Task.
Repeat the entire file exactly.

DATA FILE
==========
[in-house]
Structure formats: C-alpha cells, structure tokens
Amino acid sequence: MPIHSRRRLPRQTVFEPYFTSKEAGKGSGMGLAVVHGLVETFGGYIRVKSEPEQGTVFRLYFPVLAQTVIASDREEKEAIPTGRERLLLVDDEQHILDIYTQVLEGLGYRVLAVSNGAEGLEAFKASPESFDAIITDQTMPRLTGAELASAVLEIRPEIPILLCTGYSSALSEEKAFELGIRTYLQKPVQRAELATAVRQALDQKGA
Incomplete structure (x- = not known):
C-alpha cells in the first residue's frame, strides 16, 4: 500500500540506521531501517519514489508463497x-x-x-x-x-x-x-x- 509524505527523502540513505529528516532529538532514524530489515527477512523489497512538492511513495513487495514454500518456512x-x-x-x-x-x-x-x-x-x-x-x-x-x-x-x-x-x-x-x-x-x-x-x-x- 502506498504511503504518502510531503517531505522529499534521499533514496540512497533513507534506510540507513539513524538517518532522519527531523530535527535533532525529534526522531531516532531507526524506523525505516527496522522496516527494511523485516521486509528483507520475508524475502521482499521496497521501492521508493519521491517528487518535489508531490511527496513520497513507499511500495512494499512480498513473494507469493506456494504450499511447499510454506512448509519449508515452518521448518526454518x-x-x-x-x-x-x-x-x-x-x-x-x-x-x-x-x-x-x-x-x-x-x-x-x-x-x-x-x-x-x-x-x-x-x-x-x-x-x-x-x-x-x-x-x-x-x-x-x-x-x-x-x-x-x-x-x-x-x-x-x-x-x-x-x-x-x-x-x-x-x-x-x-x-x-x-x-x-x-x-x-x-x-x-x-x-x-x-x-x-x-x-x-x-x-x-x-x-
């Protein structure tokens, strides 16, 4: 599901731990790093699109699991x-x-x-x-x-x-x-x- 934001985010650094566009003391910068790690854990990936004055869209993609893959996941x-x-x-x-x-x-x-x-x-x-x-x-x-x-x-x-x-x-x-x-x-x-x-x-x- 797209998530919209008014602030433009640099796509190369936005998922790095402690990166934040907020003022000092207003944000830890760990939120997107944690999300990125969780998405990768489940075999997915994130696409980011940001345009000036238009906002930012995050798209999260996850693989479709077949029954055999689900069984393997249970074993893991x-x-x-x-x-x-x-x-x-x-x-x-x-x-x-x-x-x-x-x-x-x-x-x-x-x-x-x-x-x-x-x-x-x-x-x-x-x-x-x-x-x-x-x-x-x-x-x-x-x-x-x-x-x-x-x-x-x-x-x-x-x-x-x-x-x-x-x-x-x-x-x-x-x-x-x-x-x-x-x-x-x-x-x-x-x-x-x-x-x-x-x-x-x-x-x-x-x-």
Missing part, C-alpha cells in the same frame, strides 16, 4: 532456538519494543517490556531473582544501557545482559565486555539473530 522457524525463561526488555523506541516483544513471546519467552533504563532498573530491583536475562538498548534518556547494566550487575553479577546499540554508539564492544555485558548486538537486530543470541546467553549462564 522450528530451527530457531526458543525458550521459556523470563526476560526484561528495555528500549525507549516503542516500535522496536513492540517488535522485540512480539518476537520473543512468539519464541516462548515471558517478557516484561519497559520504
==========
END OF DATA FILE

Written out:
[in-house]
Structure formats: C-alpha cells, structure tokens
Amino acid sequence: MPIHSRRRLPRQTVFEPYFTSKEAGKGSGMGLAVVHGLVETFGGYIRVKSEPEQGTVFRLYFPVLAQTVIASDREEKEAIPTGRERLLLVDDEQHILDIYTQVLEGLGYRVLAVSNGAEGLEAFKASPESFDAIITDQTMPRLTGAELASAVLEIRPEIPILLCTGYSSALSEEKAFELGIRTYLQKPVQRAELATAVRQALDQKGA
Incomplete structure (x- = not known):
C-alpha cells in the first residue's frame, strides 16, 4: 500500500540506521531501517519514489508463497x-x-x-x-x-x-x-x- 509524505527523502540513505529528516532529538532514524530489515527477512523489497512538492511513495513487495514454500518456512x-x-x-x-x-x-x-x-x-x-x-x-x-x-x-x-x-x-x-x-x-x-x-x-x- 502506498504511503504518502510531503517531505522529499534521499533514496540512497533513507534506510540507513539513524538517518532522519527531523530535527535533532525529534526522531531516532531507526524506523525505516527496522522496516527494511523485516521486509528483507520475508524475502521482499521496497521501492521508493519521491517528487518535489508531490511527496513520497513507499511500495512494499512480498513473494507469493506456494504450499511447499510454506512448509519449508515452518521448518526454518x-x-x-x-x-x-x-x-x-x-x-x-x-x-x-x-x-x-x-x-x-x-x-x-x-x-x-x-x-x-x-x-x-x-x-x-x-x-x-x-x-x-x-x-x-x-x-x-x-x-x-x-x-x-x-x-x-x-x-x-x-x-x-x-x-x-x-x-x-x-x-x-x-x-x-x-x-x-x-x-x-x-x-x-x-x-x-x-x-x-x-x-x-x-x-x-x-x-
């Protein structure tokens, strides 16, 4: 599901731990790093699109699991x-x-x-x-x-x-x-x- 934001985010650094566009003391910068790690854990990936004055869209993609893959996941x-x-x-x-x-x-x-x-x-x-x-x-x-x-x-x-x-x-x-x-x-x-x-x-x- 797209998530919209008014602030433009640099796509190369936005998922790095402690990166934040907020003022000092207003944000830890760990939120997107944690999300990125969780998405990768489940075999997915994130696409980011940001345009000036238009906002930012995050798209999260996850693989479709077949029954055999689900069984393997249970074993893991x-x-x-x-x-x-x-x-x-x-x-x-x-x-x-x-x-x-x-x-x-x-x-x-x-x-x-x-x-x-x-x-x-x-x-x-x-x-x-x-x-x-x-x-x-x-x-x-x-x-x-x-x-x-x-x-x-x-x-x-x-x-x-x-x-x-x-x-x-x-x-x-x-x-x-x-x-x-x-x-x-x-x-x-x-x-x-x-x-x-x-x-x-x-x-x-x-x-």
Missing part, C-alpha cells in the same frame, strides 16, 4: 532456538519494543517490556531473582544501557545482559565486555539473530 522457524525463561526488555523506541516483544513471546519467552533504563532498573530491583536475562538498548534518556547494566550487575553479577546499540554508539564492544555485558548486538537486530543470541546467553549462564 522450528530451527530457531526458543525458550521459556523470563526476560526484561528495555528500549525507549516503542516500535522496536513492540517488535522485540512480539518476537520473543512468539519464541516462548515471558517478557516484561519497559520504